It crosses Beaver Creek. You can walk through the tall grass and stand right on it.

Abandoned, never used US 50 bridge

Which, of course, we did.

Abandoned, never used US 50 bridge

Michael has good balance. I tried standing up there briefly, but felt unsteady.

Abandoned, never used US 50 bridge

There is more to see along US 50 in Illinois. We passed several old motels, some abandoned, some still in business with great neon signs out front. I would have liked to stop and photograph more segments of the old concrete road that parallels current US 50 in many places. I would have liked to drive the entire unfinished expressway west of Carlyle and explored the other three never-used bridges. And I would especially have liked to follow the old stage road west of Carlyle.

But it was time to head home. I was tired, and so was my dog. That’s her tired face.

Sleepy

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Road Trips

Illinois US 50: A surprise suspension bridge in Carlyle

This is the third installment of my report from a 2009 road trip along the oldest alignments I could find of US 50 across a good chunk of Illinois.

After we left Clay City we kept to current US 50 as we headed west. Once again we could see an earlier concrete alignment paralleling the current road immediately to the south.

I’ve heard that there were plans for I-64 to follow the US 50 corridor, and, later, plans for a US 50 expressway from St. Louis to Vincennes, neither of which came to be. The theory goes that Illinois built a new US 50 mostly alongside the old, and planned later to rebuild the old road to modern standards, to be ready for I-64 when it was designated. Unfortunately, I-64 ended up on a much more southerly alignment in Illinois. This is why these abandoned US 50 alignments still exist.

When US 50 approaches Flora, then the old highway pulls away to the south to pass through town while the current highway bypasses it to the north. I’ve marked the old road’s path through town in blue on this map.

The old and new roads merge northwest of Xenia. They stay merged until Carlyle, about 40 miles west.

Just east of Carlyle, the old stagecoach road diverges a bit from US 50’s path. About 3/4 of the way across the map image below, the stage road used to veer north of US 50, cross the Kaskaskia River, and follow Fairfax St.

The stage road is used as a park entrance today, leading to a suspension bridge built in 1859. It’s named after Major General William Dean, a Carlyle native who served during the Korean War.

1859 General Dean Suspension Bridge

The old bridge wasn’t designed to carry automobiles, but was used to carry them for some years anyway. Here’s a photo of a section of the bridge after a truck fell through the deck! A new bridge was built nearby in 1932, and this bridge was closed. In 1936, the then-abandoned and deteriorating bridge was documented for the Historic American Buildings Survey and Historic American Engineering Record; here’s its page at the Library of Congress’s Web site. These photos were taken as part of that work.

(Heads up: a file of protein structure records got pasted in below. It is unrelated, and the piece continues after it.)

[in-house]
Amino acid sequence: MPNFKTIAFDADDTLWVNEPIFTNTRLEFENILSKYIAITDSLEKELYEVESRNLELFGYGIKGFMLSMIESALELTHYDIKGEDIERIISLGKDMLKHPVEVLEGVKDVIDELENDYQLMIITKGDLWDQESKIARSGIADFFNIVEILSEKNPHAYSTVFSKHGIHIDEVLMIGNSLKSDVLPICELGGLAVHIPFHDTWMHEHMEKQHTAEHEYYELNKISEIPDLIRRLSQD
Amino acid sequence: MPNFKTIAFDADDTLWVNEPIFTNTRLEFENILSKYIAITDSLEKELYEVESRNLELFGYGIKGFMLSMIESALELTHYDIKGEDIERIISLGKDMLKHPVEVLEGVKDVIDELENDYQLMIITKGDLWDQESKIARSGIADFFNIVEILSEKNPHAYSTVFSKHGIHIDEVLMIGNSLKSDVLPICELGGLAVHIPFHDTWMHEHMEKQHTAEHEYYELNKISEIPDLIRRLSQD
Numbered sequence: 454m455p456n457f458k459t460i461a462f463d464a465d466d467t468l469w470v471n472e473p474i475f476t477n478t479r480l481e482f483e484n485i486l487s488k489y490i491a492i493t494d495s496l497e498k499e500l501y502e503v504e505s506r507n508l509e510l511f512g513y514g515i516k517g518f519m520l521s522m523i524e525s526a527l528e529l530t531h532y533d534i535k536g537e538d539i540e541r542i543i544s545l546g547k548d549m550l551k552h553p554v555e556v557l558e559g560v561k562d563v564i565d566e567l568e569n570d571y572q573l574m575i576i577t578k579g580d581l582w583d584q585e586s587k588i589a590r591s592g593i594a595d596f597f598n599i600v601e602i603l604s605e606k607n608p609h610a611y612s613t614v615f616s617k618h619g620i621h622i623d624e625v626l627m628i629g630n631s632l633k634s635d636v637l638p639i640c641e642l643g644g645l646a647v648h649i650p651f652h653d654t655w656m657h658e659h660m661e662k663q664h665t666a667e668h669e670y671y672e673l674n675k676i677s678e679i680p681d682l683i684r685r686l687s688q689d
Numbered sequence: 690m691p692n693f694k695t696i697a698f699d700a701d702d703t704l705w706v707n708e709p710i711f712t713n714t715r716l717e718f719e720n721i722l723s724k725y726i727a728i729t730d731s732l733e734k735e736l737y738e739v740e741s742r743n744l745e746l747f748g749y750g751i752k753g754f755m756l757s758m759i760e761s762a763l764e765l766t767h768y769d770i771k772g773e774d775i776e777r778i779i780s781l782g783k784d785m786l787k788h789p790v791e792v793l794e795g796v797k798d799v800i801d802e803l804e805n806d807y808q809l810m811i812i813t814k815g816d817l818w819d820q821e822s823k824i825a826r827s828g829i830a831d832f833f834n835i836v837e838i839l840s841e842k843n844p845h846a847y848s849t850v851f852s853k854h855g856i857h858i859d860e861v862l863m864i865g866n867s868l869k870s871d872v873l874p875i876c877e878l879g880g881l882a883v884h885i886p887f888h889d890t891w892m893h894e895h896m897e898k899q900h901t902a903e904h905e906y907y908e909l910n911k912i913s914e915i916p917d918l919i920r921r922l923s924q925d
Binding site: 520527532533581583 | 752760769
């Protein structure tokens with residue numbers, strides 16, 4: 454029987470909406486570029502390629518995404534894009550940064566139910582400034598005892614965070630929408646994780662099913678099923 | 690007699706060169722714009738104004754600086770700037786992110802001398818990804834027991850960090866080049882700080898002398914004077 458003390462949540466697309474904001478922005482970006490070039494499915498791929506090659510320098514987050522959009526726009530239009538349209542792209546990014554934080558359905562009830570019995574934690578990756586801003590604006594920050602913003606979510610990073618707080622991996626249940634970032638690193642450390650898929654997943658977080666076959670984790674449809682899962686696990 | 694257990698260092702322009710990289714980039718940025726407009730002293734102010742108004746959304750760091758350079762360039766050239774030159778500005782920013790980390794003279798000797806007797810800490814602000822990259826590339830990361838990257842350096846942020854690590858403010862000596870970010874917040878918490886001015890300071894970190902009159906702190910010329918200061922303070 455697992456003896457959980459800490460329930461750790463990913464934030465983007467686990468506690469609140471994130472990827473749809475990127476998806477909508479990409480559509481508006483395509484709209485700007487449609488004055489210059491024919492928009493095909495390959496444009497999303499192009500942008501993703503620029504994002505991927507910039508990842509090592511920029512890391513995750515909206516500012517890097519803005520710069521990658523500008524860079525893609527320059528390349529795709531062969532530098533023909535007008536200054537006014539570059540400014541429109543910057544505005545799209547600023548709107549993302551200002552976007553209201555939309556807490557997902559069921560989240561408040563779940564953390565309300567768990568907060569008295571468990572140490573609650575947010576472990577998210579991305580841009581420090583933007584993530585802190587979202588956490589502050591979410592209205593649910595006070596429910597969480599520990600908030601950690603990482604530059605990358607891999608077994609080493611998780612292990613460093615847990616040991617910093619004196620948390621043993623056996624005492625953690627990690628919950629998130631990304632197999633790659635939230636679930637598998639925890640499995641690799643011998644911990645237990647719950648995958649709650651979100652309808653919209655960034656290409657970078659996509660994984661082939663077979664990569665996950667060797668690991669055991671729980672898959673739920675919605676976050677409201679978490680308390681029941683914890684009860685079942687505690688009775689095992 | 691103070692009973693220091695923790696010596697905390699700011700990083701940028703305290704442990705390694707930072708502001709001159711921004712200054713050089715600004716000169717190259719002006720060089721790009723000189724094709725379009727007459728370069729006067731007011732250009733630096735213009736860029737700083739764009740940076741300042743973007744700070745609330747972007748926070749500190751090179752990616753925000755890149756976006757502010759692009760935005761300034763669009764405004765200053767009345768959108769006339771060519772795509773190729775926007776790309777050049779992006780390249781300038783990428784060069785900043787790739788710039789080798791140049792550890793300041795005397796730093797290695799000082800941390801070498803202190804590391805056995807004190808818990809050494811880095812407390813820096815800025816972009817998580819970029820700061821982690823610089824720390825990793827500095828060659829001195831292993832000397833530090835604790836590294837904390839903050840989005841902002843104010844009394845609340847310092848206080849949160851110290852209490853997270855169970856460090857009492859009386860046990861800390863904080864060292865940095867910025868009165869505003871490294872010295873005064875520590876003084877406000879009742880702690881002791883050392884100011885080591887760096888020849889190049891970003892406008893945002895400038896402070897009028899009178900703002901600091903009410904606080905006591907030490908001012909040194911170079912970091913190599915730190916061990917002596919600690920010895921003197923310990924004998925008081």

When the Vincennes-St. Louis mail route was founded, travelers had to ford the Kaskaskia River here. Then a “mud bridge” was built, but it lasted only through 1830. Travelers had to ford the river again until this bridge was built in 1859. After the bridge closed, it was left to rot until the 1950s when it was restored. Today, it’s a pedestrian bridge.

1859 General Dean Suspension Bridge

The current deck is much narrower than the original deck.

1859 General Dean Suspension Bridge

The previous photos are westbound; this photo is eastbound.

1859 General Dean Suspension Bridge

This photo was taken facing southeast.

1859 General Dean Suspension Bridge

The old stage route followed Fairfax St. through town and then angled northeast out of town. It appears below as the road south of “New Route 50” on the map’s left edge. US 50 used to follow Franklin St. all the way through town, but in the early 1970s was rerouted north along State Route 127 and then west along a new alignment.

Next: Remnants of the old stagecoach road west of Carlyle, and beginning a return trip to Indiana on modern US 50 — with some never-used bridges along the way.

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Road Trips

Illinois US 50: Barnstorming through east-central Illinois to find three abandoned bridges

This is the second installment of my report from a 2009 road trip along the oldest alignments I could find of US 50 across a good chunk of Illinois.